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Doing Business in the Middle East
Doing Business in the Middle East
|Posted on May 17, 2013 at 11:58 AM|
So tomorrow (Saturday, 18 May 2013) is the day that Saudi officials will start the expat exit process for those who want to leave the Kingdom. This entire process, from announcement to implementing has been worrisome for both the expats themselves and the employers they are working for. The end of the three-month grace period is 3 July, so there is still a bit of time for some to figure out what road they will take. Most of the affected expats come from high poverty countries like India, Pakistan, the Philippines, Ethiopia and Yemen.
If I understand this correctly, under Saudi law, iqama requires all foreign residents to sponsord by either a Saudi company or an individual. After the initial announcement, some workers have opt to not go to work to dodge spot inspections.
The Saudi government has decided to enforce stricter quotas as historically the rule about expats only working for their sponsor been predominately disregarded. One of the main reasons this is now being enforced is to close a loophole that permitted companies to get around sharing how many Saudi nationals they employ. (If I have this wrong, please feel free to comment below.)
The aim is to tackle the unemployment issue amongst Saudi nationals by getting more Saudis into private sector jobs and to help preserve Saudi workers However, what is not being addressed by the changes (and again, if I am wrong, please feel free to comment) is that Saudis demand higher wages than expats from developing nations and the local labor laws make it very difficult to fire the Saudi nationals. As I mentioned in yesterday’s post, many Saudi nationals are not qualified for the jobs and feel that the positions available are “below them”.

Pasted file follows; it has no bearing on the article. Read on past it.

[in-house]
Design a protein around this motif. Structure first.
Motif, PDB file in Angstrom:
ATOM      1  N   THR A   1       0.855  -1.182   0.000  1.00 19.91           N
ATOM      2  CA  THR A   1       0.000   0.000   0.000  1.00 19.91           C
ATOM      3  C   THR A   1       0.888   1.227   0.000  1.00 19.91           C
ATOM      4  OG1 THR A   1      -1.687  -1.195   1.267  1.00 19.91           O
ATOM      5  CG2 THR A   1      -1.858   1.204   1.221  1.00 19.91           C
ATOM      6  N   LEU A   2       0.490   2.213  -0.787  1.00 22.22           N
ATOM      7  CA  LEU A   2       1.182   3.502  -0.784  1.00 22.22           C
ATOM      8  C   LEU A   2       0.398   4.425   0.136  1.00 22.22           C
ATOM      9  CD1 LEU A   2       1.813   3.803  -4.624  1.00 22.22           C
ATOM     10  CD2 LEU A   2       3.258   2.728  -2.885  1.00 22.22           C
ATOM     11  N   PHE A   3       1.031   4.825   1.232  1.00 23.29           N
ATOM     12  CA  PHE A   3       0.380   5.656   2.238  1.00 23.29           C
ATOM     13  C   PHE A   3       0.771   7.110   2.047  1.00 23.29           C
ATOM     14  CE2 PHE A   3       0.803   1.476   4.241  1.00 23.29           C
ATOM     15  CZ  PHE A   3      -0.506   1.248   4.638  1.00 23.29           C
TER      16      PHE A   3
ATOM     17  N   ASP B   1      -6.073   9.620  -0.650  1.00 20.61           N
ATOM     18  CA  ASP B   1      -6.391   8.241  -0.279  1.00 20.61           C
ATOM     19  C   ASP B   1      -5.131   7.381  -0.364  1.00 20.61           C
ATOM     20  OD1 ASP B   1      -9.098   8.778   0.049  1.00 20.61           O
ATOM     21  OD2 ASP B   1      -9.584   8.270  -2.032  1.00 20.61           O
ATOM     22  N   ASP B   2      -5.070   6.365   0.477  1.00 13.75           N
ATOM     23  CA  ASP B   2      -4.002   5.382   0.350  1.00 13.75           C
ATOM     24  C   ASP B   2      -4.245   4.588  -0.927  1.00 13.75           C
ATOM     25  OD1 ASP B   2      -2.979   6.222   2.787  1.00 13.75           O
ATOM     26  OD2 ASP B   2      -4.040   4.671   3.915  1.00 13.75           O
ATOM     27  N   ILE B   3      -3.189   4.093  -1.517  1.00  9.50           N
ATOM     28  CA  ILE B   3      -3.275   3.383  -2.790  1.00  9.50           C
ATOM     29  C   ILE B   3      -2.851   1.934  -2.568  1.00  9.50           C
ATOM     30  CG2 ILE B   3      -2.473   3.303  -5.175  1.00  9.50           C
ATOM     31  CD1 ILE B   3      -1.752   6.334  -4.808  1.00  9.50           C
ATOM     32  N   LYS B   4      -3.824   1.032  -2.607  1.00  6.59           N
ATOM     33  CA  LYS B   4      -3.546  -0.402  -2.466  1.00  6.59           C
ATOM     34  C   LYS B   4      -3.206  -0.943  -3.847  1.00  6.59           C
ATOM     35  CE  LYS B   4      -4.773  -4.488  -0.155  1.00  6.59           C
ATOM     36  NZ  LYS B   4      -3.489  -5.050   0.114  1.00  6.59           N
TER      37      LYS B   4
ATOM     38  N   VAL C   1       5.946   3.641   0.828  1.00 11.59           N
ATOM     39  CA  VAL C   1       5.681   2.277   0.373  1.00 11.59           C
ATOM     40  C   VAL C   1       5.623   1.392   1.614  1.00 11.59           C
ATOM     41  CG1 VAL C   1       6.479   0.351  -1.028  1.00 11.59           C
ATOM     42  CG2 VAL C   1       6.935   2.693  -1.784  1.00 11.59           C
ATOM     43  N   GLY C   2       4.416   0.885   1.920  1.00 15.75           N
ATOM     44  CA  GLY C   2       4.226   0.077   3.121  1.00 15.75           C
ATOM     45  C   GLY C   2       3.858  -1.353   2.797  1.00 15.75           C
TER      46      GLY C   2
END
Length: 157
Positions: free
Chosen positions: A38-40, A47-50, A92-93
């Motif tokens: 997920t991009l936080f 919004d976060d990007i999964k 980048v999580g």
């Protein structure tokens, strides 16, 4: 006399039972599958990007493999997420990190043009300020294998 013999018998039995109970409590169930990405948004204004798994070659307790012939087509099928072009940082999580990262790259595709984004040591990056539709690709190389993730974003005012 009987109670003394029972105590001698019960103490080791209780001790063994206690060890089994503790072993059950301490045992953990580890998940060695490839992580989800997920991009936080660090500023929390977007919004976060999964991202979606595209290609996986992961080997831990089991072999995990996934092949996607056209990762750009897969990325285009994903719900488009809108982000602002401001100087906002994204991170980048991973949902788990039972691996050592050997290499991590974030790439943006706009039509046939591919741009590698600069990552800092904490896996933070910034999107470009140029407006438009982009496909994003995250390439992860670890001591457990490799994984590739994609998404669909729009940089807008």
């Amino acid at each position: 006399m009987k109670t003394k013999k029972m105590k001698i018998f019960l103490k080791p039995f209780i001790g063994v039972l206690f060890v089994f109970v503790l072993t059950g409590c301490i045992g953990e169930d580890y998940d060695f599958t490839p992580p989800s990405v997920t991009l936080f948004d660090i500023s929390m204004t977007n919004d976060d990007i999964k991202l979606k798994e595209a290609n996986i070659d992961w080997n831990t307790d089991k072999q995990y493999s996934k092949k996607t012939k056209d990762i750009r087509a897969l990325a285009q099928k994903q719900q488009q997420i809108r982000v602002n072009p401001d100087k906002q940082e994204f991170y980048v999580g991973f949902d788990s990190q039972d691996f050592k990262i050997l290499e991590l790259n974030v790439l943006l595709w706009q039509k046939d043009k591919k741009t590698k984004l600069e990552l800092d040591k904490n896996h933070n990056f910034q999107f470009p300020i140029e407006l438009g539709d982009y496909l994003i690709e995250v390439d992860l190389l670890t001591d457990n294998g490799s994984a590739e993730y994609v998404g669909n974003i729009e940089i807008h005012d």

The Kingdom has a significant “black market” for cheap expat labor. What has happened to fuel this demand, many expats are registered with one company, as a “cover”, but then work for another. Many of these “black market” expats fear that by coming forward and requesting to change sponsors will not be granted. As a double whammy, the companies they work for do not want to officially hire more expat workers.
As of today, The Labor Ministry denies reports that it is enforcing immediate deportations, but people who lose their official residency status must leave the Kingdom. However, across Saudi Arabia, the affected workers have been telling stories of spot inspections and sudden deportations. The regulations were announced last year, the government announced in March that it would start enforcing the changes with spot inspections.
With the deadline of July 3 approaching, these Illegal workers here are trying to make as much money as possible before they either report and change their status or go home. They are dodging officials because they know if they get caught, they are sent home.
My concern, as someone investing in the success of non-Saudi companies coming into the Kingdom for these massive construction projects is that in order for them to be done on-time and on-budget, these workers are needed. Some believe this is a passing trend and that the situation will work itself out
It will be interesting to see how it plays-out and how much actually changes.